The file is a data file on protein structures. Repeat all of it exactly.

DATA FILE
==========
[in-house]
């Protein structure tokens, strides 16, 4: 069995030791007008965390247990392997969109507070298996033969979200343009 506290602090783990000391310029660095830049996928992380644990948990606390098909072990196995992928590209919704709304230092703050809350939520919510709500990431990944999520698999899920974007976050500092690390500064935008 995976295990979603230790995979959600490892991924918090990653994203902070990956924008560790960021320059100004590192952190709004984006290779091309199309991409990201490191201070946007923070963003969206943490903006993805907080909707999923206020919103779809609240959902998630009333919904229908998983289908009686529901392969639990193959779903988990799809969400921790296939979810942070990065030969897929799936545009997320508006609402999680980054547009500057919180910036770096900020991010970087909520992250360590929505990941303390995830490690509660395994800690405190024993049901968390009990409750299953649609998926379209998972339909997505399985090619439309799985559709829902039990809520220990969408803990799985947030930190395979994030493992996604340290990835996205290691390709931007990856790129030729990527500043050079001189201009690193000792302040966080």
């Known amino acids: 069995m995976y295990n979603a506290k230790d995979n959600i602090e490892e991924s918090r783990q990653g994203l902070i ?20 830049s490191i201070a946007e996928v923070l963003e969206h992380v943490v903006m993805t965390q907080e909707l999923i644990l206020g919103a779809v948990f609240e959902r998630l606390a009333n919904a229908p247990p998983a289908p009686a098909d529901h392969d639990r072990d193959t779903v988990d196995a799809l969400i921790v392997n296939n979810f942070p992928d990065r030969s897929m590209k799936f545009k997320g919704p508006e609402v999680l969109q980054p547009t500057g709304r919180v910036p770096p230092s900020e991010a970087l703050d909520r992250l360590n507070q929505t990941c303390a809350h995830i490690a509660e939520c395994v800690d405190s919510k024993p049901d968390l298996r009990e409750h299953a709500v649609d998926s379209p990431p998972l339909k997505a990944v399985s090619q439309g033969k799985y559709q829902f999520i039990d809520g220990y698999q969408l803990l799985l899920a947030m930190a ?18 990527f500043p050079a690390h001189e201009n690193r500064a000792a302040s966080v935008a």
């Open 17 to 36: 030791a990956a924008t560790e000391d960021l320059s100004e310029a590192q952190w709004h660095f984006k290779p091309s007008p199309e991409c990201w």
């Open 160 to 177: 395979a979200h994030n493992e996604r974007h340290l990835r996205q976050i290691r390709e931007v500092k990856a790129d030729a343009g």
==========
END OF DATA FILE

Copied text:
[in-house]
């Protein structure tokens, strides 16, 4: 069995030791007008965390247990392997969109507070298996033969979200343009 506290602090783990000391310029660095830049996928992380644990948990606390098909072990196995992928590209919704709304230092703050809350939520919510709500990431990944999520698999899920974007976050500092690390500064935008 995976295990979603230790995979959600490892991924918090990653994203902070990956924008560790960021320059100004590192952190709004984006290779091309199309991409990201490191201070946007923070963003969206943490903006993805907080909707999923206020919103779809609240959902998630009333919904229908998983289908009686529901392969639990193959779903988990799809969400921790296939979810942070990065030969897929799936545009997320508006609402999680980054547009500057919180910036770096900020991010970087909520992250360590929505990941303390995830490690509660395994800690405190024993049901968390009990409750299953649609998926379209998972339909997505399985090619439309799985559709829902039990809520220990969408803990799985947030930190395979994030493992996604340290990835996205290691390709931007990856790129030729990527500043050079001189201009690193000792302040966080």
């Known amino acids: 069995m995976y295990n979603a506290k230790d995979n959600i602090e490892e991924s918090r783990q990653g994203l902070i ?20 830049s490191i201070a946007e996928v923070l963003e969206h992380v943490v903006m993805t965390q907080e909707l999923i644990l206020g919103a779809v948990f609240e959902r998630l606390a009333n919904a229908p247990p998983a289908p009686a098909d529901h392969d639990r072990d193959t779903v988990d196995a799809l969400i921790v392997n296939n979810f942070p992928d990065r030969s897929m590209k799936f545009k997320g919704p508006e609402v999680l969109q980054p547009t500057g709304r919180v910036p770096p230092s900020e991010a970087l703050d909520r992250l360590n507070q929505t990941c303390a809350h995830i490690a509660e939520c395994v800690d405190s919510k024993p049901d968390l298996r009990e409750h299953a709500v649609d998926s379209p990431p998972l339909k997505a990944v399985s090619q439309g033969k799985y559709q829902f999520i039990d809520g220990y698999q969408l803990l799985l899920a947030m930190a ?18 990527f500043p050079a690390h001189e201009n690193r500064a000792a302040s966080v935008a």
């Open 17 to 36: 030791a990956a924008t560790e000391d960021l320059s100004e310029a590192q952190w709004h660095f984006k290779p091309s007008p199309e991409c990201w």
């Open 160 to 177: 395979a979200h994030n493992e996604r974007h340290l990835r996205q976050i290691r390709e931007v500092k990856a790129d030729a343009g």